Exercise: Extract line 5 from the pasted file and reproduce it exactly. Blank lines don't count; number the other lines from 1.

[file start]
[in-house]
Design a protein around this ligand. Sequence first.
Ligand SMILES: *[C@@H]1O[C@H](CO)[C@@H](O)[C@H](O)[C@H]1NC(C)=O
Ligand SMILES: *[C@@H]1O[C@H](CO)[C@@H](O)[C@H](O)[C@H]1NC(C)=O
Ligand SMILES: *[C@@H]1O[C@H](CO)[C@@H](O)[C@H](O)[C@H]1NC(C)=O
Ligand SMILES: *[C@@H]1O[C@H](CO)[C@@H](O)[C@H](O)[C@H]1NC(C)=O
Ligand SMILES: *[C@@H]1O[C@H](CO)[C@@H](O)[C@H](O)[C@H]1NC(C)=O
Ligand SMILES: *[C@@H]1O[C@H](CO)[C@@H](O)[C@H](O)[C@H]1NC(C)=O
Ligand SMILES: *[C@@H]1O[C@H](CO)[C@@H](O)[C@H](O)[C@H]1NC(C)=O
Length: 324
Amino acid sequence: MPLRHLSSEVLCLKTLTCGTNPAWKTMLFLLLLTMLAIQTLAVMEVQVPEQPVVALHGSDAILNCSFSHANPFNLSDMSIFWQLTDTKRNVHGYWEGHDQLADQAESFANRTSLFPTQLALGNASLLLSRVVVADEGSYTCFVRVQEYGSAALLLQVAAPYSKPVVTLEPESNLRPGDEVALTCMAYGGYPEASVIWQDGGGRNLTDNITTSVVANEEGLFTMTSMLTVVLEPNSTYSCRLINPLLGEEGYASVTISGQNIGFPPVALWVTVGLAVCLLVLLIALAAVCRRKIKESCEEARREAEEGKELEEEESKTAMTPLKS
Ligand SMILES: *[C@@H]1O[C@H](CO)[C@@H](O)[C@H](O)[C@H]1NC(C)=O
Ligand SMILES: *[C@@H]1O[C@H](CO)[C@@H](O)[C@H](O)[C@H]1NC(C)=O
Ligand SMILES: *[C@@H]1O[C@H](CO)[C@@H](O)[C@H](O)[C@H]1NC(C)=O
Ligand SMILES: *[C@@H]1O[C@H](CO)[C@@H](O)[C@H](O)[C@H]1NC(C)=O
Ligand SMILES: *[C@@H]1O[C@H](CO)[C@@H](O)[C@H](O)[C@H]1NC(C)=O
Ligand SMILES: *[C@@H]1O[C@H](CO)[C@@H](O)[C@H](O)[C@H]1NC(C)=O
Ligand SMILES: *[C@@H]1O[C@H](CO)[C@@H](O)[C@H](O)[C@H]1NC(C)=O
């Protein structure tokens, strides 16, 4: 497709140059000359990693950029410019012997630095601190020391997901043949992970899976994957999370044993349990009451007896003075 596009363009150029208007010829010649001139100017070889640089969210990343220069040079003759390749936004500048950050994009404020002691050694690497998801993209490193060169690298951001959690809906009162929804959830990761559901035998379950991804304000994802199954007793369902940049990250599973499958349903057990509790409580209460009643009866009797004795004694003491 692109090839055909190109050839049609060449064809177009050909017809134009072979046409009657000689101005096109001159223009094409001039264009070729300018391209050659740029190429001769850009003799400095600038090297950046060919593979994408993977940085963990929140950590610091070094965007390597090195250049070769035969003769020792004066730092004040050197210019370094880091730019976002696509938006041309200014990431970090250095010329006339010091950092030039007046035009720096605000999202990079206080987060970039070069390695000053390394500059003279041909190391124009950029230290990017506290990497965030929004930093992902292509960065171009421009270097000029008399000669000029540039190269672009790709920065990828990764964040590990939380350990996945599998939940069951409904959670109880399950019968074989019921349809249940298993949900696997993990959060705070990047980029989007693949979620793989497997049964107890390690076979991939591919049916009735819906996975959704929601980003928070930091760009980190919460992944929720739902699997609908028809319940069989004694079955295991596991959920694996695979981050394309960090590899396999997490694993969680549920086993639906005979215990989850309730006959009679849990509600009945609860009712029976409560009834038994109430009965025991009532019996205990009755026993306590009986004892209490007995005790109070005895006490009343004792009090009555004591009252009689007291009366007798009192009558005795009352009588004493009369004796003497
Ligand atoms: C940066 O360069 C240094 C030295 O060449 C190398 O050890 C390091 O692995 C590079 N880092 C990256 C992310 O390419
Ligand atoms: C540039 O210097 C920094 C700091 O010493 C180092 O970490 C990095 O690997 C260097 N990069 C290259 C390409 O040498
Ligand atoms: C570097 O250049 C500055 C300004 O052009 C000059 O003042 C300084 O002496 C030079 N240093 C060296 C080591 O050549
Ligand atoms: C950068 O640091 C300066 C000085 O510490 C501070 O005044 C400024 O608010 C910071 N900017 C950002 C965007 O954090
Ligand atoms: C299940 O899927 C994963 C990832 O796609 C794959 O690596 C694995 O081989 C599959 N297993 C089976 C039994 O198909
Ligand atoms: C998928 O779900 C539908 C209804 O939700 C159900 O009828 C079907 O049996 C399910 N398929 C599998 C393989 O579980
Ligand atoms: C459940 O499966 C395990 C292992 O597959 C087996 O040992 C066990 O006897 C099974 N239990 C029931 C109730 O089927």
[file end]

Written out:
Ligand SMILES: *[C@@H]1O[C@H](CO)[C@@H](O)[C@H](O)[C@H]1NC(C)=O